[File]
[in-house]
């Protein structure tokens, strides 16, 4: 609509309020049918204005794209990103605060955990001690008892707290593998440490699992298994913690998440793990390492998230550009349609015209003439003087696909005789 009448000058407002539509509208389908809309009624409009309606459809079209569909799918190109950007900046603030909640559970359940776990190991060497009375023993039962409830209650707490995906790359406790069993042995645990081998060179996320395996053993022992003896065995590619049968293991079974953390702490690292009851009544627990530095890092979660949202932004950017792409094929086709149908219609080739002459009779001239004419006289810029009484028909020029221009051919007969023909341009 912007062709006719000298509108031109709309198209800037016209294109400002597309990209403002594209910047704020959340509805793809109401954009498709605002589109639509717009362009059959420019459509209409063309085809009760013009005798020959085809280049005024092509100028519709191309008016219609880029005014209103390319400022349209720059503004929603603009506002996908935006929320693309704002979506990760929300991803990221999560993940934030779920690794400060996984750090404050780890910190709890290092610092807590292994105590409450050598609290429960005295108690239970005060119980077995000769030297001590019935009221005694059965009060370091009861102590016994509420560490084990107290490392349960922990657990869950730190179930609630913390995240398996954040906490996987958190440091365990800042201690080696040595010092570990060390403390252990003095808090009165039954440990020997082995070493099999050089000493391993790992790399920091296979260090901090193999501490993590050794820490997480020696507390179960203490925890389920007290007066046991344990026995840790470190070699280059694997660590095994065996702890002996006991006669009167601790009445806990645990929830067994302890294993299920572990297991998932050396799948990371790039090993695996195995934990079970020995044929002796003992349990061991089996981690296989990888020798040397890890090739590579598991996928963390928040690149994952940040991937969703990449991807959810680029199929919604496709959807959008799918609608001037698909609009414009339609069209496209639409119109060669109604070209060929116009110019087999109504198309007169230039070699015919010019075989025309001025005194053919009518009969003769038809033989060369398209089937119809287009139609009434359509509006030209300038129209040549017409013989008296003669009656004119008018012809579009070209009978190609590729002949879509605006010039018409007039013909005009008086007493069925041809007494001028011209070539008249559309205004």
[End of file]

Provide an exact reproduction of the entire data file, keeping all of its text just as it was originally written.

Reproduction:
[in-house]
């Protein structure tokens, strides 16, 4: 609509309020049918204005794209990103605060955990001690008892707290593998440490699992298994913690998440793990390492998230550009349609015209003439003087696909005789 009448000058407002539509509208389908809309009624409009309606459809079209569909799918190109950007900046603030909640559970359940776990190991060497009375023993039962409830209650707490995906790359406790069993042995645990081998060179996320395996053993022992003896065995590619049968293991079974953390702490690292009851009544627990530095890092979660949202932004950017792409094929086709149908219609080739002459009779001239004419006289810029009484028909020029221009051919007969023909341009 912007062709006719000298509108031109709309198209800037016209294109400002597309990209403002594209910047704020959340509805793809109401954009498709605002589109639509717009362009059959420019459509209409063309085809009760013009005798020959085809280049005024092509100028519709191309008016219609880029005014209103390319400022349209720059503004929603603009506002996908935006929320693309704002979506990760929300991803990221999560993940934030779920690794400060996984750090404050780890910190709890290092610092807590292994105590409450050598609290429960005295108690239970005060119980077995000769030297001590019935009221005694059965009060370091009861102590016994509420560490084990107290490392349960922990657990869950730190179930609630913390995240398996954040906490996987958190440091365990800042201690080696040595010092570990060390403390252990003095808090009165039954440990020997082995070493099999050089000493391993790992790399920091296979260090901090193999501490993590050794820490997480020696507390179960203490925890389920007290007066046991344990026995840790470190070699280059694997660590095994065996702890002996006991006669009167601790009445806990645990929830067994302890294993299920572990297991998932050396799948990371790039090993695996195995934990079970020995044929002796003992349990061991089996981690296989990888020798040397890890090739590579598991996928963390928040690149994952940040991937969703990449991807959810680029199929919604496709959807959008799918609608001037698909609009414009339609069209496209639409119109060669109604070209060929116009110019087999109504198309007169230039070699015919010019075989025309001025005194053919009518009969003769038809033989060369398209089937119809287009139609009434359509509006030209300038129209040549017409013989008296003669009656004119008018012809579009070209009978190609590729002949879509605006010039018409007039013909005009008086007493069925041809007494001028011209070539008249559309205004």